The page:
We intend to maintain a major contribution to UNPROFOR in Bosnia so long as our forces can continue to carry out the UN mandate at an acceptable level of risk. The size of our contribution is kept under close review.
Will the Secretary of State go beyond simply urging restraint on the parties in the conflict, and condemn the Croatian Government for the attack on the Serb-populated Krajina area? Will he also condemn the Serbs for taking UN Nepalese forces hostage? Will he make it clear that as soon as the military commanders on the ground recommend it, we will make immediate preparations for a withdrawal to stop loss of life among our troops?
The Security Council has made clear its condemnation of the Croatian action, which appears to go beyond the immediate objective of controlling a road and may threaten the position of the whole enclave. Any question of a total withdrawal of UNPROFOR from Bosnia would not just be a matter on which the UN commanders express a view—important though that would be—and would clearly have far wider implications which would have to be addressed by the Security Council.
I do not suppose that my right hon. and learned Friend had time yesterday to listen to the Jimmy Young show. Had he done so, he would have heard the leader of the Liberal Democrats, the right hon. Member for Yeovil (Mr. Ashdown), assert that when he last went to Bosnia, he was determined that British forces would withdraw unilaterally but—thank goodness—he was overruled by the military commanders on the ground. In the light of my right hon. and learned Friend's answer to an earlier question, will he deny that that is possible?
The leader of the Liberal Democrats may wish to explain to the House his regular contortions of policy. I can only express our satisfaction that, on this occasion, he accepted the advice of the UN commanders whom he met.
The Secretary of State will know that the Opposition supported the Government's decision to send British troops into Bosnia for the limited and specific purpose of humanitarian aid and with clear rules of engagement which provided no undue risk to our troops. Can I assure the right hon. and learned Gentleman that—in keeping the position under review, both with our commanders on the spot and with our allies—were the Government to decide that the tasks for which the troops had been sent out could no longer be accomplished or that the risk to their lives had become an undue risk, the Opposition would not treat that in any partisan or narrow fashion?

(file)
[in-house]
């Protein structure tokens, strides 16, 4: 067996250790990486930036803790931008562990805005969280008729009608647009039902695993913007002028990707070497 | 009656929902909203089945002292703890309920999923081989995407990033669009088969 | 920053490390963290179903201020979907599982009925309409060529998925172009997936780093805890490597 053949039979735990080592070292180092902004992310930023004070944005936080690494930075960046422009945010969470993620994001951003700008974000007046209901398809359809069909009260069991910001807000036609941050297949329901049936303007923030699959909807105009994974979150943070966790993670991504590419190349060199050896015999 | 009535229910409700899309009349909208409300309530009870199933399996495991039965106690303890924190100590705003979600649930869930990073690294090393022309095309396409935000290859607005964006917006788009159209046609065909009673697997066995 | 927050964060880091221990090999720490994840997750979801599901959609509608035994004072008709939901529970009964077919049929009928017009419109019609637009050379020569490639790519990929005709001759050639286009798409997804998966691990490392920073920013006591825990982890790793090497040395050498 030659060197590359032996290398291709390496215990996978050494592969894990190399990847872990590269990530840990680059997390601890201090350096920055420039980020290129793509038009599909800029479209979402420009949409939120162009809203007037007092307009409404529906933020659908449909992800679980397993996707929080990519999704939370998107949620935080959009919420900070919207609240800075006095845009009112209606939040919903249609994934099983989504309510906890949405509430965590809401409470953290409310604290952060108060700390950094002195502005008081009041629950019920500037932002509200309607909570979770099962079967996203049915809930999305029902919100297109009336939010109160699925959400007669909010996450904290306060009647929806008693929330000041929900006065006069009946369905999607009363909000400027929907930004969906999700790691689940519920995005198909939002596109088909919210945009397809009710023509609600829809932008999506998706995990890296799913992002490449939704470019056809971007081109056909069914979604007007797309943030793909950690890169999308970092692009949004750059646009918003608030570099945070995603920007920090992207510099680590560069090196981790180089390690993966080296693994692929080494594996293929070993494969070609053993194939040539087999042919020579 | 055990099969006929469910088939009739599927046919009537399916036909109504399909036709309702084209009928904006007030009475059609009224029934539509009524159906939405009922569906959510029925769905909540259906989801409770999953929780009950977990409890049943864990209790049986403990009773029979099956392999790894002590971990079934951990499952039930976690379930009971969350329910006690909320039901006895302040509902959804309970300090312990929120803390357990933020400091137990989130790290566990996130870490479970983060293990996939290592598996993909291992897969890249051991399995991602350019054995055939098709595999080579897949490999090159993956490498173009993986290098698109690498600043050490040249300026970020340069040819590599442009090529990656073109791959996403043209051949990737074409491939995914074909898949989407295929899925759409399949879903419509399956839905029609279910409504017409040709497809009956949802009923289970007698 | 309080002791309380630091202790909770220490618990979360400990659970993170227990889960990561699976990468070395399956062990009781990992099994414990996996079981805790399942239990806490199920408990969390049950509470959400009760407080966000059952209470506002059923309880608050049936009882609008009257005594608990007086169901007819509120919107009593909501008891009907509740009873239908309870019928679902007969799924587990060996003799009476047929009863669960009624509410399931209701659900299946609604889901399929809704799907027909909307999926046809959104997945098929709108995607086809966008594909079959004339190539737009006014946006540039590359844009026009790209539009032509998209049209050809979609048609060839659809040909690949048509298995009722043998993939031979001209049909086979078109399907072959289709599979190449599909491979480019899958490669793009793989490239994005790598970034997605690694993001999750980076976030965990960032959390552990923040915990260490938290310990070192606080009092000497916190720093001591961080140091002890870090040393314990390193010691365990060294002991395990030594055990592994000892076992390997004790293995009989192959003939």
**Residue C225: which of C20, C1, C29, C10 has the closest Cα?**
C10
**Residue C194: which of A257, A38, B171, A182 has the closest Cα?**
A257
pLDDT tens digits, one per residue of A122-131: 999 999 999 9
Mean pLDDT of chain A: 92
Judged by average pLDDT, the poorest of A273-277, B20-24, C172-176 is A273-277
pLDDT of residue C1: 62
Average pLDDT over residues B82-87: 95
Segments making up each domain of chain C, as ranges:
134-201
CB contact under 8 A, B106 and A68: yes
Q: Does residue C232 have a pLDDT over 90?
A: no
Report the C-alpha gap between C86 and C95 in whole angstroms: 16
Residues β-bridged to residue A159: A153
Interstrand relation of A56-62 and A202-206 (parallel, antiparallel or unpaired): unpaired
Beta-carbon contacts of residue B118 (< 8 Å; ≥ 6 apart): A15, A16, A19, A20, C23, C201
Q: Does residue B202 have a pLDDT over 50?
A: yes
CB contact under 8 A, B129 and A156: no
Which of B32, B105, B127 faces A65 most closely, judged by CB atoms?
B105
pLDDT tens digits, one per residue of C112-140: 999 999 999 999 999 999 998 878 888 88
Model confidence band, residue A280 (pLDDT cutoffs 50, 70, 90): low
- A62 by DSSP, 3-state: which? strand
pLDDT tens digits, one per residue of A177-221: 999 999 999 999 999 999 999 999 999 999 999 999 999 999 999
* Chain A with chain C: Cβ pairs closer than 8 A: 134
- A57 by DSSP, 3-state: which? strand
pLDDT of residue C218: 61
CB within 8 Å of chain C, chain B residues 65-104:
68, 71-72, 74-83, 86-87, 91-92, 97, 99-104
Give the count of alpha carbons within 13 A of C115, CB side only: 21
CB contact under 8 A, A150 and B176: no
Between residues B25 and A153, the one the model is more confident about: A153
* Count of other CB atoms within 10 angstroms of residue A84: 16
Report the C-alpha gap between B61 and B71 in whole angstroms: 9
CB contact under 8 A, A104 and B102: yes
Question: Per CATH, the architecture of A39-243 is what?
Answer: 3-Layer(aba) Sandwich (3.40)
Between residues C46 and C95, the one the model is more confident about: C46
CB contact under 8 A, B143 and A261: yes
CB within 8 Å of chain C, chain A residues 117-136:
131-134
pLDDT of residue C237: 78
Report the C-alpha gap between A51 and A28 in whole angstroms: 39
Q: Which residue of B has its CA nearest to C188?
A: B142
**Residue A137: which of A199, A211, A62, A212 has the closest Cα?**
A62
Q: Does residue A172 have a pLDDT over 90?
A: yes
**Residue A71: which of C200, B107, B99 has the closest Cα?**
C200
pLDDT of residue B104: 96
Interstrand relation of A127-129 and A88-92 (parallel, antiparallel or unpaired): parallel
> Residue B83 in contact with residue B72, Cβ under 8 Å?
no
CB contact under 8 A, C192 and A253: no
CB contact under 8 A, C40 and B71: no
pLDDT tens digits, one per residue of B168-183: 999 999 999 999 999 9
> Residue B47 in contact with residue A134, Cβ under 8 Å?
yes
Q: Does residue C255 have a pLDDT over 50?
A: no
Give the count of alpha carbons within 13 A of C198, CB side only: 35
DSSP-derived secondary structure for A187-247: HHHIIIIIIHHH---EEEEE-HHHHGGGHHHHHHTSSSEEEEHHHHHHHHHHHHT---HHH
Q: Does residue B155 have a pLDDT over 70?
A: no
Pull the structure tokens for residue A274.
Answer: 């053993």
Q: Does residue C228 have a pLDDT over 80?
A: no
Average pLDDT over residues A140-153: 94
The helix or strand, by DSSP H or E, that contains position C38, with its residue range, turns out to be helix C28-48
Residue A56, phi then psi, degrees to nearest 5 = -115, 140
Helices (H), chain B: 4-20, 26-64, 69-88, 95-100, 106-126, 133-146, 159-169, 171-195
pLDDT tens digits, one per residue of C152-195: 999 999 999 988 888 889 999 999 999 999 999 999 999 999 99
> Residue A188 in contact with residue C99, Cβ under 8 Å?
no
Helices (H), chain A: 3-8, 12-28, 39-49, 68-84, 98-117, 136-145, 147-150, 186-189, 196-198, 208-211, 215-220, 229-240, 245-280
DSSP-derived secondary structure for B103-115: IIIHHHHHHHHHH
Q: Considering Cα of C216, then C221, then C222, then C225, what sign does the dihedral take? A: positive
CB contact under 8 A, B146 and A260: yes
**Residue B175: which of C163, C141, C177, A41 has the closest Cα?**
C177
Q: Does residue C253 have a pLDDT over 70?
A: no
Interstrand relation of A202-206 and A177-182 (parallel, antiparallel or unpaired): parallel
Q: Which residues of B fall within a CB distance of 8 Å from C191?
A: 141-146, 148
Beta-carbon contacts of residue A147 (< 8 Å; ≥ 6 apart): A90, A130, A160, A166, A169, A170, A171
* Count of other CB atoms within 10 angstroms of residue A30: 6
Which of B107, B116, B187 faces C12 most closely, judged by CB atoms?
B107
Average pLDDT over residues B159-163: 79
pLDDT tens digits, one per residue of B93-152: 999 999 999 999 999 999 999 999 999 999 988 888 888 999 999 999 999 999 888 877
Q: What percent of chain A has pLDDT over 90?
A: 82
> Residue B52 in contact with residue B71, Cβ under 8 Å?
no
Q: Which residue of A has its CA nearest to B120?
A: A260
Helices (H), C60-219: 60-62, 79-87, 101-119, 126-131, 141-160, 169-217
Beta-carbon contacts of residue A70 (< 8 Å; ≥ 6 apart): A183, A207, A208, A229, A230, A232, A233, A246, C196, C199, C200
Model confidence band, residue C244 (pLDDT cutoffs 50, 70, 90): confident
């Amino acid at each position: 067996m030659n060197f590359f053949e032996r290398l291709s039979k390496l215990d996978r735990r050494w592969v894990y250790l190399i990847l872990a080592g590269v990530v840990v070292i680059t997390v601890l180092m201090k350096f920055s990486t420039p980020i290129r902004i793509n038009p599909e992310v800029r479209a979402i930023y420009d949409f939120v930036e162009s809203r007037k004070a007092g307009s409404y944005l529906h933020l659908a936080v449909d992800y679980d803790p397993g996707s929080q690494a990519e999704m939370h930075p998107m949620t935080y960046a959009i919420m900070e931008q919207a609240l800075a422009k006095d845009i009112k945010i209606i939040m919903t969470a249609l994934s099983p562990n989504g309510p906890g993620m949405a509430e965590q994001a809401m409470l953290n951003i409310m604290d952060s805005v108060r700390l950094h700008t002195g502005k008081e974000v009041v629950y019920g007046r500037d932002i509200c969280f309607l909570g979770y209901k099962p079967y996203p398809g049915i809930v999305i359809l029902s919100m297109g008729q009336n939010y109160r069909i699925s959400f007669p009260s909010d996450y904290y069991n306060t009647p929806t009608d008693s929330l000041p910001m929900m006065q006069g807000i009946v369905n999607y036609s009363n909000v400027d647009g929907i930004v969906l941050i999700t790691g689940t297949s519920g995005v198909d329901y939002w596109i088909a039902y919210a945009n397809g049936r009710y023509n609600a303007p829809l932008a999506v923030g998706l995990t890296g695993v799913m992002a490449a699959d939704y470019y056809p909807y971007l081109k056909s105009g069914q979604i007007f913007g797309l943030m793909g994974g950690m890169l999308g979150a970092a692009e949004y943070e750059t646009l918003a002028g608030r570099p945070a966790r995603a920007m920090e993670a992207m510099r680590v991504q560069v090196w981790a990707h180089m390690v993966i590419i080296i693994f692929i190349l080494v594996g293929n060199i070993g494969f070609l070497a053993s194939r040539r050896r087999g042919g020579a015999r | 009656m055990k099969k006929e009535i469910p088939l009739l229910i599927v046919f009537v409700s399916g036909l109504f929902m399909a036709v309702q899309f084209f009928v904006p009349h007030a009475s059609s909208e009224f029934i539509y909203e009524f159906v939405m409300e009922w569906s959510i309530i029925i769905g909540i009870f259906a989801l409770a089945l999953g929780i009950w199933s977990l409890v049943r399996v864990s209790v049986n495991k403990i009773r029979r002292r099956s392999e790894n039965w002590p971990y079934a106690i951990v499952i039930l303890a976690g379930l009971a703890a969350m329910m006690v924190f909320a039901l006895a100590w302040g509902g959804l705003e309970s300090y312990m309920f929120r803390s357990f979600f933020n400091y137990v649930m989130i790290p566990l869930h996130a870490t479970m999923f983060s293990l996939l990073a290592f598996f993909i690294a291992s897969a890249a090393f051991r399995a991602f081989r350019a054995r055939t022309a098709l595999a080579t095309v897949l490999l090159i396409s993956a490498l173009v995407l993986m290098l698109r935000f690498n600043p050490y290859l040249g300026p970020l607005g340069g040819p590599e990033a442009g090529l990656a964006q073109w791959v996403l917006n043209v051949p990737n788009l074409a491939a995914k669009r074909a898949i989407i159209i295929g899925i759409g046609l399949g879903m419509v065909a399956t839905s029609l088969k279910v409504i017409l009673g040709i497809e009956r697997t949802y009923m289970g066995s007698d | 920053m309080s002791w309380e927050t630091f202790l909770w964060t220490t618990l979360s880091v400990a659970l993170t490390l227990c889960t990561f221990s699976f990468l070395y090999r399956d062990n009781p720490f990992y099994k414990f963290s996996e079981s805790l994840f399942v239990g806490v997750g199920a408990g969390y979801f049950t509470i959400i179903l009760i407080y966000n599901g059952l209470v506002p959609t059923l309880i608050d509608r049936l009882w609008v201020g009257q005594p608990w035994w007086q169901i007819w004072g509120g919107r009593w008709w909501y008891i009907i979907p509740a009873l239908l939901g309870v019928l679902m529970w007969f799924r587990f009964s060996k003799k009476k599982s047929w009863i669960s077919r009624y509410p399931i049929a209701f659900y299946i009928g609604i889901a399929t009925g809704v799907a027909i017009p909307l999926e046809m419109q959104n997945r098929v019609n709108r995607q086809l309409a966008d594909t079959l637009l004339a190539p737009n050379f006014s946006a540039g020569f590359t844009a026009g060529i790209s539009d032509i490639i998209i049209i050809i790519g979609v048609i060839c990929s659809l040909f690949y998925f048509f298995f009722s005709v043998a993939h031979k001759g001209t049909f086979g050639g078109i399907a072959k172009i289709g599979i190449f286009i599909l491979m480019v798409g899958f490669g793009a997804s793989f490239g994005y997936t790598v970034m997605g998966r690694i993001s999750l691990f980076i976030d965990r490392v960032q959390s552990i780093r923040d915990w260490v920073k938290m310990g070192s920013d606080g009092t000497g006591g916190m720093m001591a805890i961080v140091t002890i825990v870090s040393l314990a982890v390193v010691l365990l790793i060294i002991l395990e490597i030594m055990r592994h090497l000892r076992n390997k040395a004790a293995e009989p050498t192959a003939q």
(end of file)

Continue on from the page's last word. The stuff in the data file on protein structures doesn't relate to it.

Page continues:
I accept the spirit in which the hon. Gentleman asks his question. When British troops are carrying out a difficult task in any part of the world, anything that is required for their safety and their safe return to this country should have the support of the whole House.
My right hon. and learned Friend will know that elements of the Royal Anglian regiment have recently served in former Yugoslavia. Following the presentation of new colours to the Royal Anglian regiment last Saturday by Her Royal Highness Princess Margaret, can my right hon. and learned Friend confirm that the Government will continue to maintain the front-line capability of that proud and ancient regiment?
I can say to my hon. and learned Friend that we acknowledge the splendid contribution which that fine regiment makes to the UN and to Her Majesty's forces.